While the church proper was built by the villagers in 1663, the entire construction wasn’t completed – at least not to what it is today – until over two hundred years later. Specifically, in 1785 it was painted by masters Radu Munteanu and Nicolae Man, and in 1834 a balcony was added on the western side of the nave, the windows of the nave were enlarged, and the ceiling of the nave and of the ante-temple were repainted.
A visit inside the church reveals what was left of the paintings made in 1785, that is some fragments remaining on the walls and ceilings of the nave and of the ante-temple. As far as themes are concerned, they are selected from the Old and the New Testament. The southern, western and northern walls of the ante-temple illustrate scenes from Judgment Day in which, interestingly enough, Germans are included among the infidels meant for Hell. The northern wall of the nave still preserves fragments from the Parable of the Ten Virgins, illustrating Christ and His bride.
The paintings on the ceiling represent scenes from the Book of Genesis covering what happened between the creation of Adam and Eve and the moment they were banished from the Garden of Eden. As far as the icons are concerned, they are centered on The Last Supper, the Washing of the Feet and various Parables.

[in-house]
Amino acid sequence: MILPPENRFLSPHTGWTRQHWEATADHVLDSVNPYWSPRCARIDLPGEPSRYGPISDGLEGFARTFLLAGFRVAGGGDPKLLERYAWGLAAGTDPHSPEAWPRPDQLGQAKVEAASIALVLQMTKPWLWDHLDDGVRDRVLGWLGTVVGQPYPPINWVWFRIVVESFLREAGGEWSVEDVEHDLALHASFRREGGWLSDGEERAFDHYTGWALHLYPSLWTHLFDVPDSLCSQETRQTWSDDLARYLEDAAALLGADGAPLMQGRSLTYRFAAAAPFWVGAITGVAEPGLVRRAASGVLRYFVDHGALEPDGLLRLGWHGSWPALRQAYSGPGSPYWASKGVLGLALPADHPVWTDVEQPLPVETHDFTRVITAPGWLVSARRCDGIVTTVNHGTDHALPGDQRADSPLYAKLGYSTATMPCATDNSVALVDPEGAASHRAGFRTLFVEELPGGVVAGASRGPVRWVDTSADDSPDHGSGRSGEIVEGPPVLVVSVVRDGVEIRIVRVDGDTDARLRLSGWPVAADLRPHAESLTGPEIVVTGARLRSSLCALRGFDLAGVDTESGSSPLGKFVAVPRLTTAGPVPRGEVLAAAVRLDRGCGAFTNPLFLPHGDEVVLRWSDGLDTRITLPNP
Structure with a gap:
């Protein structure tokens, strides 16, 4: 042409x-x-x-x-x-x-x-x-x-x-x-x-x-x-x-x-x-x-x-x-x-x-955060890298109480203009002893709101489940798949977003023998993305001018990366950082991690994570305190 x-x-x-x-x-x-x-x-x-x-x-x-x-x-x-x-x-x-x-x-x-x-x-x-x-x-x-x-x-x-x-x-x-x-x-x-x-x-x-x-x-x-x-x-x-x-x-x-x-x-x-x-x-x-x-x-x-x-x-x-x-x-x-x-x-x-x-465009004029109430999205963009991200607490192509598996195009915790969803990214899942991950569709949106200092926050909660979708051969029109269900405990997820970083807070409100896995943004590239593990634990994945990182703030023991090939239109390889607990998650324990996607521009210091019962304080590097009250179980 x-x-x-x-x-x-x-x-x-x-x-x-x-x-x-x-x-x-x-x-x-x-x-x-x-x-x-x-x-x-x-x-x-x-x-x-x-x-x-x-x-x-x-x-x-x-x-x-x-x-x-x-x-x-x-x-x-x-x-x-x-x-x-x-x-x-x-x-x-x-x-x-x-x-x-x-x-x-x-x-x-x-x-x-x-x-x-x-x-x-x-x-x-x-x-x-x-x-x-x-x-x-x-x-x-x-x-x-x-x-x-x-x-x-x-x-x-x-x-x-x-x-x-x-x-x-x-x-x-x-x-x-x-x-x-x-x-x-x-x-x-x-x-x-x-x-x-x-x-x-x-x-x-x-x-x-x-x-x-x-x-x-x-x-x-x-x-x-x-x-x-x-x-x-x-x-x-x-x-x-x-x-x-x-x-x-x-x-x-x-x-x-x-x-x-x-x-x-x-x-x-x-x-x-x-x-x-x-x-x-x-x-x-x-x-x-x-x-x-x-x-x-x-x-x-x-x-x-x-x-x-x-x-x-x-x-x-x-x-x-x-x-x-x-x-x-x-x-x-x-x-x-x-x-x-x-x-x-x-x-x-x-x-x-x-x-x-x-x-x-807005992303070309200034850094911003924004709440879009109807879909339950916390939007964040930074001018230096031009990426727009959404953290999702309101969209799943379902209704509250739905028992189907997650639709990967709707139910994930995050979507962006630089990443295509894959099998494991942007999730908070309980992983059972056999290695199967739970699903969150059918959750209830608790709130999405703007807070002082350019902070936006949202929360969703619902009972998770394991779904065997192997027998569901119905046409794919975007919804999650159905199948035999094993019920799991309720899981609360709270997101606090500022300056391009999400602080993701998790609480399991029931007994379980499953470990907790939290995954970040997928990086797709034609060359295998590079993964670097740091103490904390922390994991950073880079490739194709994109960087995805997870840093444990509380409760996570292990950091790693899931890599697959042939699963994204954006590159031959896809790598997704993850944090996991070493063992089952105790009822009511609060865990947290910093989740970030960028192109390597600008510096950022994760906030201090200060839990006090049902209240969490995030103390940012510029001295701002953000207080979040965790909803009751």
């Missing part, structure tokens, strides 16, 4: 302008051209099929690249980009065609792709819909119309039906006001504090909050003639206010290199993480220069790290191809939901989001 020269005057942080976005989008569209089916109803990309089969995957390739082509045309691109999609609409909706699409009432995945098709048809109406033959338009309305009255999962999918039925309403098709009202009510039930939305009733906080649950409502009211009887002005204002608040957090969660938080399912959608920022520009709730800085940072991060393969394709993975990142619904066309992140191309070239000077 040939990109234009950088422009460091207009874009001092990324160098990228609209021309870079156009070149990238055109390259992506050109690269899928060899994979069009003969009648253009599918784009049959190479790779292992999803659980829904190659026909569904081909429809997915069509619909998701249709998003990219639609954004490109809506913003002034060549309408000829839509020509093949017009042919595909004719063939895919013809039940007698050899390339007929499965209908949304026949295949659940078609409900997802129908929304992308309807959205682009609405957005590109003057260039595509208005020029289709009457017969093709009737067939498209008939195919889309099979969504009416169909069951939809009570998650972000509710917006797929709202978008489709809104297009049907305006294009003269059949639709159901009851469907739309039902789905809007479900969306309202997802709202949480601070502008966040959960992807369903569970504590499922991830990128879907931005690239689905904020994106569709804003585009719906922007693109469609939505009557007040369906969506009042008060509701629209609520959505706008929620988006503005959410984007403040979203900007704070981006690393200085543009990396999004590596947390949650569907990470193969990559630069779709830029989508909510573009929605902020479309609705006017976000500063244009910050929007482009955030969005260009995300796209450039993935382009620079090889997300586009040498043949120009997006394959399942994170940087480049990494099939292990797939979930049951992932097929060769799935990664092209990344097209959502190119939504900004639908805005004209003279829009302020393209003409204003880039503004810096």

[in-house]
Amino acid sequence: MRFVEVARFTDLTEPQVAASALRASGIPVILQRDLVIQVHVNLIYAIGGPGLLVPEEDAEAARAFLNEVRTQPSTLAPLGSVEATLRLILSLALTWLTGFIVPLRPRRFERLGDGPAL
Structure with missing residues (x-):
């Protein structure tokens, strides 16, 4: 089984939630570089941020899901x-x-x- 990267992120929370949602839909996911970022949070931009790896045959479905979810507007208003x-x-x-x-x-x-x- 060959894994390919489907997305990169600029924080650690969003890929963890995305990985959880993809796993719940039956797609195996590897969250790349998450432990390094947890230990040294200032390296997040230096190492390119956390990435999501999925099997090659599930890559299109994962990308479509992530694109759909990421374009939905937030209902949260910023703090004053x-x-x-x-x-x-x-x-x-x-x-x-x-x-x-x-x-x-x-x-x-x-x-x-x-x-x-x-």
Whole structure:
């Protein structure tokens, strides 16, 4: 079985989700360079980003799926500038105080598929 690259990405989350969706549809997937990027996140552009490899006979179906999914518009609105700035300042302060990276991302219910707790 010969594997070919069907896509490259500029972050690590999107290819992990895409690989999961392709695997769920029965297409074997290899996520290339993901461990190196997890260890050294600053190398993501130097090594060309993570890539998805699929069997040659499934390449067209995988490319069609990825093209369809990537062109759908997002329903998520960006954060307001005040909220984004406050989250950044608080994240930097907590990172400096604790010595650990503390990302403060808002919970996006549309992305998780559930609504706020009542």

The modest village of Rogoz, home to barely 500 families, is known as the village of four churches and two “temples”, as it has two Orthodox and two Greek-Catholic churches, plus one Pentecostal and one Adventist place of worship. However, among all of them, only the centuries-old wooden church dedicated to the Saint Archangels Michael and Gabriel stands out as a religious and architectural monument of unparalleled beauty and grace.
The Wooden Church of Rogoz was in this form that it was eventually established both as a national historical monument and as a UNESCO World Heritage Site. From an architectural point of view, this rather large wooden church – measuring 14 m in length and 5.55 m in width – is somewhat atypical in the fact that it was built with a peculiar outline: the ante-temple is polygonal, the nave is rectangular and the apse of the altar is polygonal again, having seven sides. The projecting roof is asymmetrical, standing out so as to protect the “elders’ table”. The square-shaped steeple is above the nave and the high, pyramidal roof has turrets in each corner. The pillars that support the projecting roof are sculpted at one end so as to resemble horse heads, which is a laic architectural element specific to village houses.